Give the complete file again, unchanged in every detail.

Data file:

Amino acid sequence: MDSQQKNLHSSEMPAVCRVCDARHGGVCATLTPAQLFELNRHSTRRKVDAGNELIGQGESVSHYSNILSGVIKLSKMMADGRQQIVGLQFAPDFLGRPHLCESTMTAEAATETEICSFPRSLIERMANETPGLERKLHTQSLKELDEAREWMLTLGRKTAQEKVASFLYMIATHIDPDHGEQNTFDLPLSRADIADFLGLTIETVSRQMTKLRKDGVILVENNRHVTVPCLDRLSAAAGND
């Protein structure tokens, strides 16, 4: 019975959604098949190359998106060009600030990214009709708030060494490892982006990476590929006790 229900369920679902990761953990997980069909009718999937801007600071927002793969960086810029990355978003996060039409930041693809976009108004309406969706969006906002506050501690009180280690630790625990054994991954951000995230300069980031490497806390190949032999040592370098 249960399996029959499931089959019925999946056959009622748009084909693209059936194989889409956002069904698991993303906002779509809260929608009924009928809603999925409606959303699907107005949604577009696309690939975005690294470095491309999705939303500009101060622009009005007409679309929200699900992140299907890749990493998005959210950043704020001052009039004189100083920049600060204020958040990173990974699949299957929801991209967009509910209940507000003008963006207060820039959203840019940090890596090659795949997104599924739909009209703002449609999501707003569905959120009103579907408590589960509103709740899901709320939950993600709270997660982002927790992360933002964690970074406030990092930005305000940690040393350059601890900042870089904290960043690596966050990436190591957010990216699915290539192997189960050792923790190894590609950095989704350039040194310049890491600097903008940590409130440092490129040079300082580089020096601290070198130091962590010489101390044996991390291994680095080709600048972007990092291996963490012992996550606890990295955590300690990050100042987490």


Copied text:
Amino acid sequence: MDSQQKNLHSSEMPAVCRVCDARHGGVCATLTPAQLFELNRHSTRRKVDAGNELIGQGESVSHYSNILSGVIKLSKMMADGRQQIVGLQFAPDFLGRPHLCESTMTAEAATETEICSFPRSLIERMANETPGLERKLHTQSLKELDEAREWMLTLGRKTAQEKVASFLYMIATHIDPDHGEQNTFDLPLSRADIADFLGLTIETVSRQMTKLRKDGVILVENNRHVTVPCLDRLSAAAGND
């Protein structure tokens, strides 16, 4: 019975959604098949190359998106060009600030990214009709708030060494490892982006990476590929006790 229900369920679902990761953990997980069909009718999937801007600071927002793969960086810029990355978003996060039409930041693809976009108004309406969706969006906002506050501690009180280690630790625990054994991954951000995230300069980031490497806390190949032999040592370098 249960399996029959499931089959019925999946056959009622748009084909693209059936194989889409956002069904698991993303906002779509809260929608009924009928809603999925409606959303699907107005949604577009696309690939975005690294470095491309999705939303500009101060622009009005007409679309929200699900992140299907890749990493998005959210950043704020001052009039004189100083920049600060204020958040990173990974699949299957929801991209967009509910209940507000003008963006207060820039959203840019940090890596090659795949997104599924739909009209703002449609999501707003569905959120009103579907408590589960509103709740899901709320939950993600709270997660982002927790992360933002964690970074406030990092930005305000940690040393350059601890900042870089904290960043690596966050990436190591957010990216699915290539192997189960050792923790190894590609950095989704350039040194310049890491600097903008940590409130440092490129040079300082580089020096601290070198130091962590010489101390044996991390291994680095080709600048972007990092291996963490012992996550606890990295955590300690990050100042987490």